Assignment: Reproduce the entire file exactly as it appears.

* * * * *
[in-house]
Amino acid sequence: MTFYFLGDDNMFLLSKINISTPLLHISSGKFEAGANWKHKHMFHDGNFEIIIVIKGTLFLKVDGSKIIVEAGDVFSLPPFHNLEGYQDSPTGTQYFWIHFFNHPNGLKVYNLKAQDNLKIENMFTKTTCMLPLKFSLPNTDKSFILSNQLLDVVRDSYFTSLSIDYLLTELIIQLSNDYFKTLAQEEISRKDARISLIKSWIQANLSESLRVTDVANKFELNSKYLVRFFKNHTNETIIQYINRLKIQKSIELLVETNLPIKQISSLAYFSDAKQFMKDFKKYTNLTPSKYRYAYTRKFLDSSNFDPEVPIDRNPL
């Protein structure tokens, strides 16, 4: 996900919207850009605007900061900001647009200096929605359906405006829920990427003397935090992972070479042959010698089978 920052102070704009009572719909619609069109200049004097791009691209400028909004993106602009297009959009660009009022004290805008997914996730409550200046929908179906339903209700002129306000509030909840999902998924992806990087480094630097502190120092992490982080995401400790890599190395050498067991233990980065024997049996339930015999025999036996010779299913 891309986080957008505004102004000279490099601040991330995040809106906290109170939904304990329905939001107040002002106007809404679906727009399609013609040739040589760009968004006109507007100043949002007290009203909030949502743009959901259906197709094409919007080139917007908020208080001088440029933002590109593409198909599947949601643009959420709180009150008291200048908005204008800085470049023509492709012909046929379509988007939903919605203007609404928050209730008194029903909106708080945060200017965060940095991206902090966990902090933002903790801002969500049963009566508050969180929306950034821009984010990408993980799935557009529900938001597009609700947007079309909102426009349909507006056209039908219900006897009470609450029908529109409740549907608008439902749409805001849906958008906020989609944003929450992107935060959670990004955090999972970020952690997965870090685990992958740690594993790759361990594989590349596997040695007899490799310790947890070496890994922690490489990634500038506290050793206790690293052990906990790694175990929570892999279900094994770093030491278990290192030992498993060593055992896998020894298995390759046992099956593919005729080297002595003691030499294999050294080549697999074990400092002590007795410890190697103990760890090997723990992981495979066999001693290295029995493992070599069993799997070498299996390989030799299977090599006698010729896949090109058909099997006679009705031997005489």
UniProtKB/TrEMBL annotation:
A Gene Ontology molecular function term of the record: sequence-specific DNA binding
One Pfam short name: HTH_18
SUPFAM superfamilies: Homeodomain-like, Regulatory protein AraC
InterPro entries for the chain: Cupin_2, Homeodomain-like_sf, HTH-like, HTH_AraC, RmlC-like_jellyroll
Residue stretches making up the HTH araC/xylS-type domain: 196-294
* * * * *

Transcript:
[in-house]
Amino acid sequence: MTFYFLGDDNMFLLSKINISTPLLHISSGKFEAGANWKHKHMFHDGNFEIIIVIKGTLFLKVDGSKIIVEAGDVFSLPPFHNLEGYQDSPTGTQYFWIHFFNHPNGLKVYNLKAQDNLKIENMFTKTTCMLPLKFSLPNTDKSFILSNQLLDVVRDSYFTSLSIDYLLTELIIQLSNDYFKTLAQEEISRKDARISLIKSWIQANLSESLRVTDVANKFELNSKYLVRFFKNHTNETIIQYINRLKIQKSIELLVETNLPIKQISSLAYFSDAKQFMKDFKKYTNLTPSKYRYAYTRKFLDSSNFDPEVPIDRNPL
């Protein structure tokens, strides 16, 4: 996900919207850009605007900061900001647009200096929605359906405006829920990427003397935090992972070479042959010698089978 920052102070704009009572719909619609069109200049004097791009691209400028909004993106602009297009959009660009009022004290805008997914996730409550200046929908179906339903209700002129306000509030909840999902998924992806990087480094630097502190120092992490982080995401400790890599190395050498067991233990980065024997049996339930015999025999036996010779299913 891309986080957008505004102004000279490099601040991330995040809106906290109170939904304990329905939001107040002002106007809404679906727009399609013609040739040589760009968004006109507007100043949002007290009203909030949502743009959901259906197709094409919007080139917007908020208080001088440029933002590109593409198909599947949601643009959420709180009150008291200048908005204008800085470049023509492709012909046929379509988007939903919605203007609404928050209730008194029903909106708080945060200017965060940095991206902090966990902090933002903790801002969500049963009566508050969180929306950034821009984010990408993980799935557009529900938001597009609700947007079309909102426009349909507006056209039908219900006897009470609450029908529109409740549907608008439902749409805001849906958008906020989609944003929450992107935060959670990004955090999972970020952690997965870090685990992958740690594993790759361990594989590349596997040695007899490799310790947890070496890994922690490489990634500038506290050793206790690293052990906990790694175990929570892999279900094994770093030491278990290192030992498993060593055992896998020894298995390759046992099956593919005729080297002595003691030499294999050294080549697999074990400092002590007795410890190697103990760890090997723990992981495979066999001693290295029995493992070599069993799997070498299996390989030799299977090599006698010729896949090109058909099997006679009705031997005489």
UniProtKB/TrEMBL annotation:
A Gene Ontology molecular function term of the record: sequence-specific DNA binding
One Pfam short name: HTH_18
SUPFAM superfamilies: Homeodomain-like, Regulatory protein AraC
InterPro entries for the chain: Cupin_2, Homeodomain-like_sf, HTH-like, HTH_AraC, RmlC-like_jellyroll
Residue stretches making up the HTH araC/xylS-type domain: 196-294